How awesome is that? Let me tell you, it was so awesome that I try to “just be” at least 3-5 times a week now. And it helps. A lot. There is great peace and growth in just being. It is one of my favorite things to do.
I joined Oprah’s Lifeclass a few weeks ago and I have to say… I love it. I am about ten classes in and am learning a lot about myself by answering thought-provoking questions that only I can see the answers to. There is also a Daily Life Question that we have the option of answering. It is linked to the users Twitter account.
As I read some of the answers (a lot of them anonymous) I shuddered at some of the things a lot of people have been through usually in great part by their parents. I saw remnants of abuse, both physical and sexual, mental anguish, alcoholism, abandonment… 😦
It just got me thinking.. like.. what the hell do I have to bitch about? Ok, yeah.. my childhood wasn’t the greatest.. I have always been socially awkward and put a lot of my worth on my physical beauty (but am too lazy to do any upkeep on it). I tend to talk way too much when I get nervous and yes.. I am an alcoholic.
BUT – I am sober! I AM beautiful! I grew up poor.. but I have character. I have small boobs.. but I have a great butt! I can be very indecisive, but when I know what I want.. no one is stopping me.
It is so important for me (and you!) to look at the silver lining in the dark, looming clouds that hover over our heads from time to time.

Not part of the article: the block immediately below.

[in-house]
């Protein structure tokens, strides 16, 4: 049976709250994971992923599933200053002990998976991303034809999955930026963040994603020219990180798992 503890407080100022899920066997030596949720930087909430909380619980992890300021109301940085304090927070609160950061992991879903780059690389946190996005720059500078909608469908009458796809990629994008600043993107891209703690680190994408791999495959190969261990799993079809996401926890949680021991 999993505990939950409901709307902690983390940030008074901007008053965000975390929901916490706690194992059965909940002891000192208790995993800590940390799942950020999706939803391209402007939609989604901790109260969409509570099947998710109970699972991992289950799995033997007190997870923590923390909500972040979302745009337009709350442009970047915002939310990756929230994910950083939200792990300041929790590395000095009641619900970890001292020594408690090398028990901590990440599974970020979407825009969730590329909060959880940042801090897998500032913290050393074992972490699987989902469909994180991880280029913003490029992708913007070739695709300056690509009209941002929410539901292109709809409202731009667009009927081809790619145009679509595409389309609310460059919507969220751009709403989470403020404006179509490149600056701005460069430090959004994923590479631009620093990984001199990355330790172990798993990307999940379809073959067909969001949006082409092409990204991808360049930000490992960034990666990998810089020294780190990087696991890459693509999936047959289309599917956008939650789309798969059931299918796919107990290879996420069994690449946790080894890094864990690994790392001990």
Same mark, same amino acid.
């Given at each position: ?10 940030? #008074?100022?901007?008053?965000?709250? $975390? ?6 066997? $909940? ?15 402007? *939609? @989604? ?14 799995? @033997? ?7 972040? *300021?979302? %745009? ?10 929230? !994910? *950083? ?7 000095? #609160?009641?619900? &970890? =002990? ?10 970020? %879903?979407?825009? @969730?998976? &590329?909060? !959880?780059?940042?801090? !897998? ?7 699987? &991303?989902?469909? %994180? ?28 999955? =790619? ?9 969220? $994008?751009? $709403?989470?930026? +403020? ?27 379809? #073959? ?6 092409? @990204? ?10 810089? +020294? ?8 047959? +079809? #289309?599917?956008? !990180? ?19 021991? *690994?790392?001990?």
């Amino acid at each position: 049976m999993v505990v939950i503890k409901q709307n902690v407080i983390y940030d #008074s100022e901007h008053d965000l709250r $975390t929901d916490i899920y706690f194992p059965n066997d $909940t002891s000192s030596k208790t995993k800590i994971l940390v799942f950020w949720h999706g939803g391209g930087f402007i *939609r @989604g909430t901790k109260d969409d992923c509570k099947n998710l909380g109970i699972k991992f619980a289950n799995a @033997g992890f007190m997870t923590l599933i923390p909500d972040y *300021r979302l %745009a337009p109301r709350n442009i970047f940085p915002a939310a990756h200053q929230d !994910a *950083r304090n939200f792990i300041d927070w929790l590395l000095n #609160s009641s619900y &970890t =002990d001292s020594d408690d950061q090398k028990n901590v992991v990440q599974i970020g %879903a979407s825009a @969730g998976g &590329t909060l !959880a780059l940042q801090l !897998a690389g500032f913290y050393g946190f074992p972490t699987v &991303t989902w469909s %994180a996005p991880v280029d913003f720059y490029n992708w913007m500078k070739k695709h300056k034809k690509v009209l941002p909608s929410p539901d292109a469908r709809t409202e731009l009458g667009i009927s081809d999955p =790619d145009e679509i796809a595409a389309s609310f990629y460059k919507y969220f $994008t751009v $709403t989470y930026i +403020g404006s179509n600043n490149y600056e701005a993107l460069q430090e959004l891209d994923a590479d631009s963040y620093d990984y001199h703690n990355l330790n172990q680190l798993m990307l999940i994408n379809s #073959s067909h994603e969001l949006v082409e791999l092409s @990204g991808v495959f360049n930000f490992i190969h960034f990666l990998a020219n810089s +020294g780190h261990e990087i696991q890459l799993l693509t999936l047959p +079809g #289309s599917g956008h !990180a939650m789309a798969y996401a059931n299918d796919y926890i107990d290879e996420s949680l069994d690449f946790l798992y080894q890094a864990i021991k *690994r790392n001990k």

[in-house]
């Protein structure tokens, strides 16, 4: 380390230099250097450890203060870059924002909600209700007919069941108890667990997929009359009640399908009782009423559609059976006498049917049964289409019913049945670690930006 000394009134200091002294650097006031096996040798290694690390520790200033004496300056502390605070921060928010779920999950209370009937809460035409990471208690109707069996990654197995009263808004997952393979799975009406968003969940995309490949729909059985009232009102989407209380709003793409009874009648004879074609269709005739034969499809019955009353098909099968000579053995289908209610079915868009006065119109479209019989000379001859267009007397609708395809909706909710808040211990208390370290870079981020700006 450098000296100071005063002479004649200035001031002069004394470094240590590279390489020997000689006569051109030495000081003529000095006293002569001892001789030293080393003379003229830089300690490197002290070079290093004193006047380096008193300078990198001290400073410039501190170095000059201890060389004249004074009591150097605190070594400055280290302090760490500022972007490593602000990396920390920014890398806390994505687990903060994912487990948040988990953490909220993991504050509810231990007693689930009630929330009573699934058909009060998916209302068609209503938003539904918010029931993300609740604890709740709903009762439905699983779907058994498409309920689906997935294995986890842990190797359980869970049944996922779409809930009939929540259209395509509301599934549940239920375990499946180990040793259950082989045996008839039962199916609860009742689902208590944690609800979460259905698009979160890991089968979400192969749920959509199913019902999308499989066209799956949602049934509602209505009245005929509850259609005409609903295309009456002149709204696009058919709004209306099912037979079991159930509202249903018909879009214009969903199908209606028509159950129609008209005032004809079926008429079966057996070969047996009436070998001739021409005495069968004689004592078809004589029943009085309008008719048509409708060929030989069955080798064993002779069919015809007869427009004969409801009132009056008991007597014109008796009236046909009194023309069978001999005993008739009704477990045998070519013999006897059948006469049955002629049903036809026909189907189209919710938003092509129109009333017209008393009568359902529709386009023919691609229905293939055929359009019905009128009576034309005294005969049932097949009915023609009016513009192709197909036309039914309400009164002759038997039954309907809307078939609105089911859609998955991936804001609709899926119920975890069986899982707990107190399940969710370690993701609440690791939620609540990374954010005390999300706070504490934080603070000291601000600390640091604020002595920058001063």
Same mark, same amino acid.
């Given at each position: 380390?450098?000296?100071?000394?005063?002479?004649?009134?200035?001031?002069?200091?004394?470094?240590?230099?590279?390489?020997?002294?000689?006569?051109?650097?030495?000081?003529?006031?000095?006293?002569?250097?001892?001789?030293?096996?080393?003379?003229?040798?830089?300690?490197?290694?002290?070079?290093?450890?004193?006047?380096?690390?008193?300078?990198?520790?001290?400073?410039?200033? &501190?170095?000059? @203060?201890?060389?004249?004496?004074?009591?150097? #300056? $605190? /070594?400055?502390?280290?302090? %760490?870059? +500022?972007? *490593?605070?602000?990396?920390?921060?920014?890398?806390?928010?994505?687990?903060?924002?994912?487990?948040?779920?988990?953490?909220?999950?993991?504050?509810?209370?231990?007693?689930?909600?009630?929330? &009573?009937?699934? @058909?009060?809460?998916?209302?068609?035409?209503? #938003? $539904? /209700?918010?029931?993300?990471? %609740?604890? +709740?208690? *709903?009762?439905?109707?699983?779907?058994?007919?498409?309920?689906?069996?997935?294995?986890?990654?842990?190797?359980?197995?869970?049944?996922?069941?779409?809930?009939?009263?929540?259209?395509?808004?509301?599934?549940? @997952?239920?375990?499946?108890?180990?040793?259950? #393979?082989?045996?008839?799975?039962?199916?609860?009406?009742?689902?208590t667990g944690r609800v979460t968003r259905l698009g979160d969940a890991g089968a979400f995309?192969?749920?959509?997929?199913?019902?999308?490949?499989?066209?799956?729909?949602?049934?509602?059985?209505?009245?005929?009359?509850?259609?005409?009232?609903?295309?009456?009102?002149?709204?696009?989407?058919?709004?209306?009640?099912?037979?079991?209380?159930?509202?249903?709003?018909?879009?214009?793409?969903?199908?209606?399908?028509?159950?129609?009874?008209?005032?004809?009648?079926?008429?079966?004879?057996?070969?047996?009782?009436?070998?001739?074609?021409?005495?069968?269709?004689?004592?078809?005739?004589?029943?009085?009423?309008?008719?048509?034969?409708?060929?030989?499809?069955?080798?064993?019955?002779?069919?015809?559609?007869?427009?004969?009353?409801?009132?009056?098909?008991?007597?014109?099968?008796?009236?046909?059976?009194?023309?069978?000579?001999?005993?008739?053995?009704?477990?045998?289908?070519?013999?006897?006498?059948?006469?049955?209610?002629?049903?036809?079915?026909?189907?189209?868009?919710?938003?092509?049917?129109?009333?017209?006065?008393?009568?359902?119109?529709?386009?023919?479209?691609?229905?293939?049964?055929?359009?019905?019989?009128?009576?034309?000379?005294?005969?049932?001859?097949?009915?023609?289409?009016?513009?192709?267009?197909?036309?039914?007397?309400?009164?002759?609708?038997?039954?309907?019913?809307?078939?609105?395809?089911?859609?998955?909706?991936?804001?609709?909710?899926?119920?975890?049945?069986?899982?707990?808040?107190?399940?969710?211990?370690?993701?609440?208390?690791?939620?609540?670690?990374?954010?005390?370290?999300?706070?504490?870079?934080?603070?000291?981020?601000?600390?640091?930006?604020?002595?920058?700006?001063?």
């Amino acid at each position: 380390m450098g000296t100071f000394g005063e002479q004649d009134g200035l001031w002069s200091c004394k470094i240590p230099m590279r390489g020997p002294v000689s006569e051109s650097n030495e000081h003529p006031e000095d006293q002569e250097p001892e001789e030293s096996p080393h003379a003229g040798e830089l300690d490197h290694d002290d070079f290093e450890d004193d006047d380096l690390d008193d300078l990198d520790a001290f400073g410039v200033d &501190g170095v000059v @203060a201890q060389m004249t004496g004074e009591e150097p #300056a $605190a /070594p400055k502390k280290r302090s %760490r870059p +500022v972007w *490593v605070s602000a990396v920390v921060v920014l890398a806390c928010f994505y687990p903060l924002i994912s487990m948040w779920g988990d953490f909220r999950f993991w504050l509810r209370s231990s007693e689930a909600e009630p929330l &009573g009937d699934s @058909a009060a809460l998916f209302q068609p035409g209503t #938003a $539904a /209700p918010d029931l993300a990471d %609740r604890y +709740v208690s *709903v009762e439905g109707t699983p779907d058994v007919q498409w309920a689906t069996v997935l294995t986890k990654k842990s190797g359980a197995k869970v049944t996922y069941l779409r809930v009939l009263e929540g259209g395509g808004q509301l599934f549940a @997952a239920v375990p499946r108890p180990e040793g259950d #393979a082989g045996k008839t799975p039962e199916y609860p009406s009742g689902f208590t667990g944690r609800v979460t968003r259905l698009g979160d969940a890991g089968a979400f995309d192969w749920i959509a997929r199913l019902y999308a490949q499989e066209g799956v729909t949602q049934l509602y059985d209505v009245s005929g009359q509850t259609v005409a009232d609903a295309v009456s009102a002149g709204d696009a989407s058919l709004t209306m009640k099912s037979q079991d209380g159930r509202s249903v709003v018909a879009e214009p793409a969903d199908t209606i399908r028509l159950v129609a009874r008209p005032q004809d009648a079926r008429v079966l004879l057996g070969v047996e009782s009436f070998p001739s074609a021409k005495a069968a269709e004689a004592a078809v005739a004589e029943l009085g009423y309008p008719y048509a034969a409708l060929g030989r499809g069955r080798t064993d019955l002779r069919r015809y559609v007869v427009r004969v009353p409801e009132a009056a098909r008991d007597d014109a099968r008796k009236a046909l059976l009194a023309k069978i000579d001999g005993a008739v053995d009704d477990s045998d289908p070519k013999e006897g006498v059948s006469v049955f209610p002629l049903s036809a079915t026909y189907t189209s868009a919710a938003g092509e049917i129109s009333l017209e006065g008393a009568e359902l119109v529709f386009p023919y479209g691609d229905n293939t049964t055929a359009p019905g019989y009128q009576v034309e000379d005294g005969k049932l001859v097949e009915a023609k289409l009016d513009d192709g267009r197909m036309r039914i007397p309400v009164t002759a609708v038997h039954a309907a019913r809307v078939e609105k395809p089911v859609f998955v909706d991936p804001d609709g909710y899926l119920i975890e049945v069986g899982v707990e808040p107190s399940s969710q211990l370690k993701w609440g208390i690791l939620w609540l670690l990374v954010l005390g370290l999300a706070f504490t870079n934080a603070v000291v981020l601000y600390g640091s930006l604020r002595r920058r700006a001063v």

We have all been through our own share of hell. I remember years of self-pity, beating my head against the wall as I cursed and screamed “WHY ME?!”
Well, why not me? Bad things have happened to me because I have the ability to help others. If all I can do is take my experiences and share them with another, then whatever I have been through is not in vain.
I just read a tweet from a fellow tweeter. I got the impression she was down in the dumps… she said she felt, “out of sorts.” I have felt like that many times in my life (I’m sure most people have). I replied to her tweet and told her to make a gratitude list.
Then I thought, “Darlene! You’re a genius! You should make one.” So I am. Right here, right now.
I am grateful for:
the ability to use all five of my senses
the gift of writing
a sunny day
a Sunday morning
making some one smile
a brand new notebook
that I was born exactly when I was born
Tyler State Park
other people’s opinions